In a bright spot in an otherwise dim Tuesday for conservatives in
California, former Police Chief Jerry Sanders was swept into office as San
Diego’s next mayor, handily defeating activist and Councilwoman Donna Frye.
With more than 54 percent of the vote, Sanders garnered the type of decisive
victory that eluded the city’s powerful business establishment last year
when Frye, a blond-haired and self-described “surfer chick,” nearly took the
reins of California’s second-largest city in a surprise last-minute write-in
Frye actually finished ahead of Sanders in a July primary. But defeated
Republican businessman Steve Francis threw his endorsement behind fellow
Republican Sanders, and the former cop took the lead and never looked back.
The Republican ex-city police chief ran on his resume and reputation,
claiming a drop of 40 percent in crime during his tenure in the 1990s.
In the last year, San Diego has been a city mired in political turmoil. The
city will have gone through four mayors in less than a year at a time when
it faces a daunting $1.4 billion pension deficit, and scandals where city
officials are accused of taking illegal contribution.
Seven months into his second term, Mayor Dick Murphy, who beat out Frye last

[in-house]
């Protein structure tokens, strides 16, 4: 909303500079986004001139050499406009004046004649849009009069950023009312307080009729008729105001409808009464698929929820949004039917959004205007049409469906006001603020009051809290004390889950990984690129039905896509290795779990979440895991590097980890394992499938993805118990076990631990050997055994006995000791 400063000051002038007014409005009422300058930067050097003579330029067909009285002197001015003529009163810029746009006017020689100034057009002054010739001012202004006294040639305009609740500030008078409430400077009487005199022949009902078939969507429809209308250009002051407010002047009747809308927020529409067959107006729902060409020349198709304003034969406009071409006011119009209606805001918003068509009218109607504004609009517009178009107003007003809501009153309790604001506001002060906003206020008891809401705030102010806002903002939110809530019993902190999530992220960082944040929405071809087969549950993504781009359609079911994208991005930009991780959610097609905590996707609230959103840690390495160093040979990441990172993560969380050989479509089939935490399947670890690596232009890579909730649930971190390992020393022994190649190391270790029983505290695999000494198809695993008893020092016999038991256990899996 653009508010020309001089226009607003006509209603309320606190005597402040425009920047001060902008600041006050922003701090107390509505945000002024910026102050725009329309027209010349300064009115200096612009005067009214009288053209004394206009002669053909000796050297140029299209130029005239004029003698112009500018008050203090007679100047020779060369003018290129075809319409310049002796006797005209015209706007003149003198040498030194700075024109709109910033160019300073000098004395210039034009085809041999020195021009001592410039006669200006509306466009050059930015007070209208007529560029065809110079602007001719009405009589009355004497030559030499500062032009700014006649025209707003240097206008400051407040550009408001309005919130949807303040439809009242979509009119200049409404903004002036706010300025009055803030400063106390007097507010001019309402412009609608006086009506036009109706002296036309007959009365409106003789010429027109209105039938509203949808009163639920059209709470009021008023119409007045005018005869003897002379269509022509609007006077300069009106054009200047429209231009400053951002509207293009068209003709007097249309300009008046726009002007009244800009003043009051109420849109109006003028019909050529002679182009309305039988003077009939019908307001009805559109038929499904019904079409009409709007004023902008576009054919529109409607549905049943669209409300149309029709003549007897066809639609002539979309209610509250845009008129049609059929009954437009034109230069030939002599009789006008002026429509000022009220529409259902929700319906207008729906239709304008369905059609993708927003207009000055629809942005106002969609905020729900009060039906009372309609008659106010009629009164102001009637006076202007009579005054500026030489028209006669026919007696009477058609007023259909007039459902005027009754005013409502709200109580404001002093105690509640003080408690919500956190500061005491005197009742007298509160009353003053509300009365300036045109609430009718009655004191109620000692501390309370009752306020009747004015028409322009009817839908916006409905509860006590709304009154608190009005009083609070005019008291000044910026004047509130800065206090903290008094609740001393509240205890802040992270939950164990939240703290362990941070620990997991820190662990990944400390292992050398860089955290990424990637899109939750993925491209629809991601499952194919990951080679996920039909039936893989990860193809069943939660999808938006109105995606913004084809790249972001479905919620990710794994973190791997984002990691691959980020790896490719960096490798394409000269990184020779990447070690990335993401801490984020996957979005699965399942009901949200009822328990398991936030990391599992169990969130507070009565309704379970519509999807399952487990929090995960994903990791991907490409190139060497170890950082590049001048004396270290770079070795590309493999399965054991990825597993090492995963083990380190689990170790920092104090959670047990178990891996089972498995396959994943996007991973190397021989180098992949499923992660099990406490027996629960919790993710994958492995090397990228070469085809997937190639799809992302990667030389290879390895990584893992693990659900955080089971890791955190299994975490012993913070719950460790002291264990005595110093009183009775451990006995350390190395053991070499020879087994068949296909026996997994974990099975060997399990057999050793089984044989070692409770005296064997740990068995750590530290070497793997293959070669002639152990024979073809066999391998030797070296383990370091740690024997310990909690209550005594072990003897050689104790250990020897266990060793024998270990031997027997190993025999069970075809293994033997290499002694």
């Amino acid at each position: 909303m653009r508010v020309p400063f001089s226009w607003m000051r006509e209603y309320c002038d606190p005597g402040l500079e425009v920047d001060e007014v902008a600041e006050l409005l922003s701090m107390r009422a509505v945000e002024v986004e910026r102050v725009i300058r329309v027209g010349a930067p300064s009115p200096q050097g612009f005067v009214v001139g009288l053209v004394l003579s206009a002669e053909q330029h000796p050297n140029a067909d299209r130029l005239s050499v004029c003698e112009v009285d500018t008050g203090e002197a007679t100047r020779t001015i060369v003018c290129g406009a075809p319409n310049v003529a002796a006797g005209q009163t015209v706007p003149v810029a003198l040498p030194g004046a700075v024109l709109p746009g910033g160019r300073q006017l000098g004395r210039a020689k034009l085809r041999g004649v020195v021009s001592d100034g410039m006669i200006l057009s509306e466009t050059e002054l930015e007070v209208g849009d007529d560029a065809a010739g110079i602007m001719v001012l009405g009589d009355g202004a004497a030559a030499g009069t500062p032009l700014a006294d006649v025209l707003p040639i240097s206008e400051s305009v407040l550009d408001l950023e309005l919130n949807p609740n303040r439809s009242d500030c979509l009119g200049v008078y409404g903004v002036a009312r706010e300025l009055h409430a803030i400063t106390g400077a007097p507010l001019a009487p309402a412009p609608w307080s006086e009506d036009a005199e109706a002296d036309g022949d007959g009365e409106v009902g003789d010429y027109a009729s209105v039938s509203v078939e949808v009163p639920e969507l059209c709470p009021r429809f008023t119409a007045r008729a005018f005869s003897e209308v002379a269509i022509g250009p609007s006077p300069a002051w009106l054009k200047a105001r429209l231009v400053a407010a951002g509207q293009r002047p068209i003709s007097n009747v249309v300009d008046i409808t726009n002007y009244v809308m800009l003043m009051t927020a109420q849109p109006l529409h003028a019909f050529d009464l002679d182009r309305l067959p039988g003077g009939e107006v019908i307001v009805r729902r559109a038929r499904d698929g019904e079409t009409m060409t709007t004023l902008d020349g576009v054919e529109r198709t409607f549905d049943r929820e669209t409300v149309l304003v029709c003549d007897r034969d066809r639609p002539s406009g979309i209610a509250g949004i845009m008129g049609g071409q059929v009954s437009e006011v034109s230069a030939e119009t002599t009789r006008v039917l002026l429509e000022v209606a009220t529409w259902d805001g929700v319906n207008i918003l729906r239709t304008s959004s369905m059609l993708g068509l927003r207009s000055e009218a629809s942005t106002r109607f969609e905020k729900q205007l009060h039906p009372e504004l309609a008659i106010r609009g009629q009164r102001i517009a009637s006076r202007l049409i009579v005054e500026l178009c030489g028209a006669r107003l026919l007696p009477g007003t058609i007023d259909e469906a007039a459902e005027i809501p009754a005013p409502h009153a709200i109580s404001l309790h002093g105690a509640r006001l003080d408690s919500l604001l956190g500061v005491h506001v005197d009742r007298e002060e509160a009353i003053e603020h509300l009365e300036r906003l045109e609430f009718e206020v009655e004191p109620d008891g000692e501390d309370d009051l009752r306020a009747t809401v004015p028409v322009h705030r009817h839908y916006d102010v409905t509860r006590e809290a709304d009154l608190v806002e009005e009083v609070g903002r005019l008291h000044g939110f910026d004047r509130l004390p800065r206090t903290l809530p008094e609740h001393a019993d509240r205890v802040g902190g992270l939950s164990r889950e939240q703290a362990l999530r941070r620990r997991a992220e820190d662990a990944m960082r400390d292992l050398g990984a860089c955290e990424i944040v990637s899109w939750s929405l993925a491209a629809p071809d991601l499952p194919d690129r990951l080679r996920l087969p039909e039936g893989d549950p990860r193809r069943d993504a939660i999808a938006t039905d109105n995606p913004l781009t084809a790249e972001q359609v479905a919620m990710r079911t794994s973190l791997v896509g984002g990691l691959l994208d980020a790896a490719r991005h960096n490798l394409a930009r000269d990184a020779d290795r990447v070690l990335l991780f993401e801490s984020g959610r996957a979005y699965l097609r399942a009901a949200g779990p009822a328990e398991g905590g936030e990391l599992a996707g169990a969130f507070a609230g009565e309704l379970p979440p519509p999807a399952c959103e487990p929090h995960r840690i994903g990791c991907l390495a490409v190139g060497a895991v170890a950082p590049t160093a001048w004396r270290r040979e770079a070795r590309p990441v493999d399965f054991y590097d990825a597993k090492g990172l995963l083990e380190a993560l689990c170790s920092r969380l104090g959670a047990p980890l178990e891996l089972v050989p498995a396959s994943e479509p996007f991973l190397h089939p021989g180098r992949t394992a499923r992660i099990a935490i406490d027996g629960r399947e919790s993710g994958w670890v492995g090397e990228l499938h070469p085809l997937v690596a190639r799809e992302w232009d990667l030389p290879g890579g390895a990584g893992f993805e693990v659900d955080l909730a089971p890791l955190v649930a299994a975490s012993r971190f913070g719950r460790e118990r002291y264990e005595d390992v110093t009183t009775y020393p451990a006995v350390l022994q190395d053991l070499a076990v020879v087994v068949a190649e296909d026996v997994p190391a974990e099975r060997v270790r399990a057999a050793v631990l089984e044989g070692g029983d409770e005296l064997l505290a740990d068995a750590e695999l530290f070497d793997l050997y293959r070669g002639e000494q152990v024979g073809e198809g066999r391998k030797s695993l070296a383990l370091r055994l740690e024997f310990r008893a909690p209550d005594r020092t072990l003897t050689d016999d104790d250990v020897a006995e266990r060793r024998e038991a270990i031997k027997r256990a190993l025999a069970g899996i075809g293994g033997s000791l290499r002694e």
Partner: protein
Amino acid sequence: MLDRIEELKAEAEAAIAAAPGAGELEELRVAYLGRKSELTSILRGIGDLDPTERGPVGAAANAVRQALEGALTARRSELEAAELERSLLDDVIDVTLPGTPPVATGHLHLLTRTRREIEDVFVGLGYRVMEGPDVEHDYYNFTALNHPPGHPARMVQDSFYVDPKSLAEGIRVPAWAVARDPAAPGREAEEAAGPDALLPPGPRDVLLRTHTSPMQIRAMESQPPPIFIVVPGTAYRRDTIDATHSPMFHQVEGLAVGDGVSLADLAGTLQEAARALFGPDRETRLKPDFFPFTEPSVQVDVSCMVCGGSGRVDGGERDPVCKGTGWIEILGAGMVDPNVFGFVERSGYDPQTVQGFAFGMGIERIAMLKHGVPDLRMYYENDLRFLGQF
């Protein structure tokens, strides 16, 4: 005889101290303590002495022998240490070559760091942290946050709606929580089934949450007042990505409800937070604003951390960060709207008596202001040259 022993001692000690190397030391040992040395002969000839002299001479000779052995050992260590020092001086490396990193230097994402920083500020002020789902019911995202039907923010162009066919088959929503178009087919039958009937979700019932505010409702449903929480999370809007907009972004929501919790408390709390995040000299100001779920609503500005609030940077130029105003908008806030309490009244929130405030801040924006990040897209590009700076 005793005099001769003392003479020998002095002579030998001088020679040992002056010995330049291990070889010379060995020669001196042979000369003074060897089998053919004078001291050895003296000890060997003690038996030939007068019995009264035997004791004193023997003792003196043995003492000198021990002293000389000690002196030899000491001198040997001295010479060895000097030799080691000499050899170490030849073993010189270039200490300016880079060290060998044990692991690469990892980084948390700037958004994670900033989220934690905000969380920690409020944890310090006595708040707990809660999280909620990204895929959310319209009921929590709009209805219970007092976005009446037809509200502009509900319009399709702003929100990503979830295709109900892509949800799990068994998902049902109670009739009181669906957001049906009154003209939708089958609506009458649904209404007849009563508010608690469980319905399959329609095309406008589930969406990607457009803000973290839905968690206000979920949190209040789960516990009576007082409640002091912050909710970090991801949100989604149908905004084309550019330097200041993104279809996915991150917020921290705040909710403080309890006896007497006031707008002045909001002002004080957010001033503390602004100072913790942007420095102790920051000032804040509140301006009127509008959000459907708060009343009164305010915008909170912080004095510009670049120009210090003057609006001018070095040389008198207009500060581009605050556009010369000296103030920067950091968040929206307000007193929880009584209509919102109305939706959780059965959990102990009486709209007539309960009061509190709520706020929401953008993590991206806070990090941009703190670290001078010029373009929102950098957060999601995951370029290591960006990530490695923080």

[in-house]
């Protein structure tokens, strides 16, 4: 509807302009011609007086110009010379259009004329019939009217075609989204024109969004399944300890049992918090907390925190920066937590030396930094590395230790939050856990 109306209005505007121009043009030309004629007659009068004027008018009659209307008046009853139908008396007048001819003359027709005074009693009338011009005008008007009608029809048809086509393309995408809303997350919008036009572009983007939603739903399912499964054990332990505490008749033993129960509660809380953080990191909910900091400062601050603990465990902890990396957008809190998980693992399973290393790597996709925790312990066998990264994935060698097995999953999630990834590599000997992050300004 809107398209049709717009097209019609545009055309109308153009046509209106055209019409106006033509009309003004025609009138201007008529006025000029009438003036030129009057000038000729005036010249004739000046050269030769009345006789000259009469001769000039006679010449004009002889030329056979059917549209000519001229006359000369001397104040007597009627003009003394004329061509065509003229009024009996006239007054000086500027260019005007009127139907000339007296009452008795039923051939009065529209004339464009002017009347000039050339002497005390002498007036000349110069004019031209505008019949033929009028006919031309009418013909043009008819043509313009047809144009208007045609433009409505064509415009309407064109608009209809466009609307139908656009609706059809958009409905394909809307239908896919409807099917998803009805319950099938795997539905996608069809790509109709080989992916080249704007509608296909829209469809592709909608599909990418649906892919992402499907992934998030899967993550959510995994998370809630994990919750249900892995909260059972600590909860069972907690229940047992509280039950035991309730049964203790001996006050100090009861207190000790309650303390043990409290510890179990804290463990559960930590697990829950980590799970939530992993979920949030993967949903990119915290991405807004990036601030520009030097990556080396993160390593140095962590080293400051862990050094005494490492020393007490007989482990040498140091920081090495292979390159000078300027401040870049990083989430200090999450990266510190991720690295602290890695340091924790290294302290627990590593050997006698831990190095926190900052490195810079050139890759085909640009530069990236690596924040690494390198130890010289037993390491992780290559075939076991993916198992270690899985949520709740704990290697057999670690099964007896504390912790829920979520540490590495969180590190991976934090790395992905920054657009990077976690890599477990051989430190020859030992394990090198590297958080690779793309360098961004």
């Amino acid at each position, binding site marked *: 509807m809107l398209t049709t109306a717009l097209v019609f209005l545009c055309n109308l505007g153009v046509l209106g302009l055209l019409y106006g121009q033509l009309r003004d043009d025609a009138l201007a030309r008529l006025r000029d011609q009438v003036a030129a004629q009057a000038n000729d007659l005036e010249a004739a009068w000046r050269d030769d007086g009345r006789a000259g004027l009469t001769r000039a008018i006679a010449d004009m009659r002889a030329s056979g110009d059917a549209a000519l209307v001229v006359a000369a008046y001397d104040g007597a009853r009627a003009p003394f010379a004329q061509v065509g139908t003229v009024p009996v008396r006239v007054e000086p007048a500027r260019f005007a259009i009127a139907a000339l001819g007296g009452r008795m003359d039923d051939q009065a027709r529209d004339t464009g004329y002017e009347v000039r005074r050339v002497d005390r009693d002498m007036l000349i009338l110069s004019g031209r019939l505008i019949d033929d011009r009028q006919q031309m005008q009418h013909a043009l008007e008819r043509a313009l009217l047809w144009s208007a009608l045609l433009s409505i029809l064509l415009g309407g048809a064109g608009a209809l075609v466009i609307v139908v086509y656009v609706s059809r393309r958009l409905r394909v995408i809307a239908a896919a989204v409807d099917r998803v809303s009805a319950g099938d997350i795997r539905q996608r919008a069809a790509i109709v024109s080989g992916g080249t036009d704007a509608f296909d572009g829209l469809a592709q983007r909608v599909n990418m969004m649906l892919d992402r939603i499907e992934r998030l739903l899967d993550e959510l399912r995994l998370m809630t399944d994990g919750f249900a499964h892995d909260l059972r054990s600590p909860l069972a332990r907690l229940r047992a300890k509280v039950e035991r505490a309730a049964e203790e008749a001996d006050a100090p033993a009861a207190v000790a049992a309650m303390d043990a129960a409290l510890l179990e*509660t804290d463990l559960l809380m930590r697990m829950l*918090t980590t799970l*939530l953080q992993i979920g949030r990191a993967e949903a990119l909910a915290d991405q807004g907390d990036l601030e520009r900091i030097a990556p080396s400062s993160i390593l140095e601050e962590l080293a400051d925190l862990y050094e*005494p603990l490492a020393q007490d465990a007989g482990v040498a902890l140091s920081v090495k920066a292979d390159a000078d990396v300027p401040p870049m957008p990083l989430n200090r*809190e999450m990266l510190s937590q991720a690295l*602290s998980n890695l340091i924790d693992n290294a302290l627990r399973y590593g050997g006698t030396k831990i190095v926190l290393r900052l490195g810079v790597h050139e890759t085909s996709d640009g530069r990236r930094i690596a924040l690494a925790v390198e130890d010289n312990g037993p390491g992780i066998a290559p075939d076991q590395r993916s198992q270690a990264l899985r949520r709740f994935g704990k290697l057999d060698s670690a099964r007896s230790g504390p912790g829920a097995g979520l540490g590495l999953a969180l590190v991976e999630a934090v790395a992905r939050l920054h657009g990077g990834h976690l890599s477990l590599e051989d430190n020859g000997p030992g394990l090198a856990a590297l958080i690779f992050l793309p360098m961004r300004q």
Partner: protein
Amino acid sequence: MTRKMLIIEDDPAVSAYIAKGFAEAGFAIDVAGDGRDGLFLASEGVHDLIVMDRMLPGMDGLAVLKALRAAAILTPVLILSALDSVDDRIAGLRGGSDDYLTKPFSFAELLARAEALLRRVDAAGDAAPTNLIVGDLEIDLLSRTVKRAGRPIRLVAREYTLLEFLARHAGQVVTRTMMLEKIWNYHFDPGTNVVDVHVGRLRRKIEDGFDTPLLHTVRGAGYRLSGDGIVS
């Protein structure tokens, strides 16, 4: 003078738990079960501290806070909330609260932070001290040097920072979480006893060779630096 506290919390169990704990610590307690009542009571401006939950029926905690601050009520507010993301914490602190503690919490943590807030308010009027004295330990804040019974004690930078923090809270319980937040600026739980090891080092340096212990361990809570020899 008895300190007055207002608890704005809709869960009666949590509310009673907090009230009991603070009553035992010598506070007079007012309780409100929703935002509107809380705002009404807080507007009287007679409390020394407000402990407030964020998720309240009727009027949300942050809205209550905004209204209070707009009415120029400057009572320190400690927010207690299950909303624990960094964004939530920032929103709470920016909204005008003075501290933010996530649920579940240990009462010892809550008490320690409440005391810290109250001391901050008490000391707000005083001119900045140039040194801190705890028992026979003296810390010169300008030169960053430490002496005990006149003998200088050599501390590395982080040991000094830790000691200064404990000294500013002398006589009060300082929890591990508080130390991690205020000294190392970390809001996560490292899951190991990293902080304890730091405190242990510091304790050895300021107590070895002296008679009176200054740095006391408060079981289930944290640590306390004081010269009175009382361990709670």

year after a recount and a court challenge, resigned amid scandals
surrounding his administration, saying that the city needed a fresh start.
He was succeeded by acting-Mayor Michael Zucchet, who soon thereafter was
convicted of graft. Toni Atkins stepped replaced him as acting mayor.
Sanders will replace her in December.
Sanders will inherit San Diego’s pension problem, which some observers say
threatens to bankrupt the city’s coffers. The pension deficit was a central
theme of the campaign.
The problems began when the city council voted to increase pension benefits
but not pension contributions in 1996 and 2002.
Fifty-three years old, Frye has served in the City Council since 2001 and
was the only member of the nine-group council to oppose the increase in
benefits. And she campaigned to have the courts to appoint an independent
receiver to re-organize the pension plan.
San Diegans have seen a decline in public services, including police and
fire departments as a result of the deficit.
The problem was on full display in October 2003 when wildfires raged
throughout San Diego County, and city officials said budget cuts had
hampered the efforts of first responders.
Sanders and Frye agreed that with the city facing a serious revenue
shortfall cuts had to be made. But what marked the biggest difference
between them was Frye calling for a half-cent increase in sales tax.
This, she said, would have helped draw affordable housing and infrastructure
to the city, as well as pay down the pension fund deficit. Her goal was to
generate $1.1 billion over ten years.